How To Get Into A Trade

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Mammoth Workwear are a UK based company that specialises in providing workwear for tradespeople – including brands such as Helly Hansen and Dickies.

Starting a career in a skilled trade can be a brilliant option to take, no matter your age or your background. As a skilled tradesperson, you open up many doors for yourself in securing much better job prospects than those available from other careers, and also the chance to emigrate and take your skills to a country where they are needed. Skilled tradespeople represent a small proportion of the working population, and this is especially true with increasing numbers of people taking the college route. They are thus in high demand, which means excellent job prospects and the chance to earn an excellent income.

Knowledge, Research and Education

The skilled trades include the traditional and well-known trades such as building, plumbing, mechanical trades and electrical trades, and other less well-known trades such as maintenance engineering and construction science. Each of these trades has their own route of entry which you must understand, and requires at least a number of years of training. There are hundreds of available trades to get into, and you should perform extensive research on the ones that interest you the most.

Look at the demand and the current growth of the industry in question, and the level of earnings you would expect to receive once you are fully qualified. Once you have an idea of the trade you would like to approach, you should focus your initial research efforts on local unions and companies that sponsor apprenticeship programs, and research educational courses and get learning, even if you cannot find a suitable apprenticeship course at first. Research government regulations that surround working trades to see which particular qualifications are needed for the trade in question.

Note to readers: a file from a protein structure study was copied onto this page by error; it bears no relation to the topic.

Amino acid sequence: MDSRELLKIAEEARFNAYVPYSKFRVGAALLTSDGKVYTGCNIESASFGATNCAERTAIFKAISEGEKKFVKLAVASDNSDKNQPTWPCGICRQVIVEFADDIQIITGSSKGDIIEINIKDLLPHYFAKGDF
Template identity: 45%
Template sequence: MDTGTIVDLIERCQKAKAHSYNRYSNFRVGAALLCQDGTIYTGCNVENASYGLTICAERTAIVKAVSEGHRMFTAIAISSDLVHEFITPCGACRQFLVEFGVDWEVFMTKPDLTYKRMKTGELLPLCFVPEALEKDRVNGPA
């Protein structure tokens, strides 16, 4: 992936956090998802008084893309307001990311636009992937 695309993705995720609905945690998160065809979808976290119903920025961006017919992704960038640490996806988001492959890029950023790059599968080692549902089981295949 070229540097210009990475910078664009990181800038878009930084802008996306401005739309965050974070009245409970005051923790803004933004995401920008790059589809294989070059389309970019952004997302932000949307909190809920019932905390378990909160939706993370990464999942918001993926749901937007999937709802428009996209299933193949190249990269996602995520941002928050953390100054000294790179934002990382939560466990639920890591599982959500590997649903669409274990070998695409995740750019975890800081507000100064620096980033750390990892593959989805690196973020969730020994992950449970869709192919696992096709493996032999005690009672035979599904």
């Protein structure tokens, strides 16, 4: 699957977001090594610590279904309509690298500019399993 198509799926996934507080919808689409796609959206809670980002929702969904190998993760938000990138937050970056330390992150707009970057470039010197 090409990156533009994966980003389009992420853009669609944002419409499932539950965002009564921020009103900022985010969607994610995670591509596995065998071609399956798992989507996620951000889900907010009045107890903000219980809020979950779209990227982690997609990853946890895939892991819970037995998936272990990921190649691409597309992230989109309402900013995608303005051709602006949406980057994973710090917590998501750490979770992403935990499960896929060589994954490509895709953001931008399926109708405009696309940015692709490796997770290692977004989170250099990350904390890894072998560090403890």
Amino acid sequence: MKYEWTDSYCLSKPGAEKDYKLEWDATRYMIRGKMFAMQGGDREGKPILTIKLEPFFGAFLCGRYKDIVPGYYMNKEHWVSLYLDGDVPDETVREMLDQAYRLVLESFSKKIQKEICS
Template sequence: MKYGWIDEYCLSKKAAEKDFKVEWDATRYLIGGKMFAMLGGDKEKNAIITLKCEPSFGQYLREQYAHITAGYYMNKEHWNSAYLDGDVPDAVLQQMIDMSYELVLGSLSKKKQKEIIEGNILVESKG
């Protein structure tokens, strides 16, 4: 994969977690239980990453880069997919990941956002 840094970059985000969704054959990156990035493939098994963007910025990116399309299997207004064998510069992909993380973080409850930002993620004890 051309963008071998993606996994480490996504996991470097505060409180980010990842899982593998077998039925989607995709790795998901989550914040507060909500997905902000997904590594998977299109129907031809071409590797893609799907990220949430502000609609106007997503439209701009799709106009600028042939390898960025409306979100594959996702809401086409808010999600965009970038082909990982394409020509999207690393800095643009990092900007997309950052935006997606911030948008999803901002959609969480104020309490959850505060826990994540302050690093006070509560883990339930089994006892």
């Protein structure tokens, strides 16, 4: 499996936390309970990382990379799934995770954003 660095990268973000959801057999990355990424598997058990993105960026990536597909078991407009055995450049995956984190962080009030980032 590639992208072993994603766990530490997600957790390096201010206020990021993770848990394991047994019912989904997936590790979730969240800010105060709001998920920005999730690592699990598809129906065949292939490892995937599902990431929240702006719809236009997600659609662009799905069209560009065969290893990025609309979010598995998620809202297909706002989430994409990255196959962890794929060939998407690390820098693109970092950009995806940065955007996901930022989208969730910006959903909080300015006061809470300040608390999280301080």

Employment and Training

The first step will begin either with college programs and then paid apprenticeship courses, a direct route into apprenticeship, or a mixture of the two. If you are still in school, then you will have many educational options. If you are older and have problems such as non-completion, you should contact work agencies to understand your route to apprenticeship.

For trades like plumbing and electrics, learning will go alongside practical work for a number of years, perhaps with company or organisation sponsorship. This period of training lasts between 2 and 5 years, providing you with relatively small earnings at first but more as your skills develop.

For the more complex and demanding trades like construction science and maintenance engineering, it is often the best option to do a full bachelor’s degree, and indeed certain skilled trades demand nothing less. Many colleges offer the popular 2-year program which offer a quick route into the most common skilled trades, but may limit your options upon completion in comparison to a full degree.

If you perform well and are able to complete your training, you will be provided with the certification and licensing needed to become a fully-fledged tradesperson in your field. You may have to perform examinations to acquire licensing, or be provided with licensing automatically at the end of apprenticeship. Be aware that your initial certifications may not be enough, as many extras are needed in working for the public for example, especially when working with dangers like electricity.

Above all, getting into a trade requires determination and motivation, as anyone working a skilled trade today will tell you.

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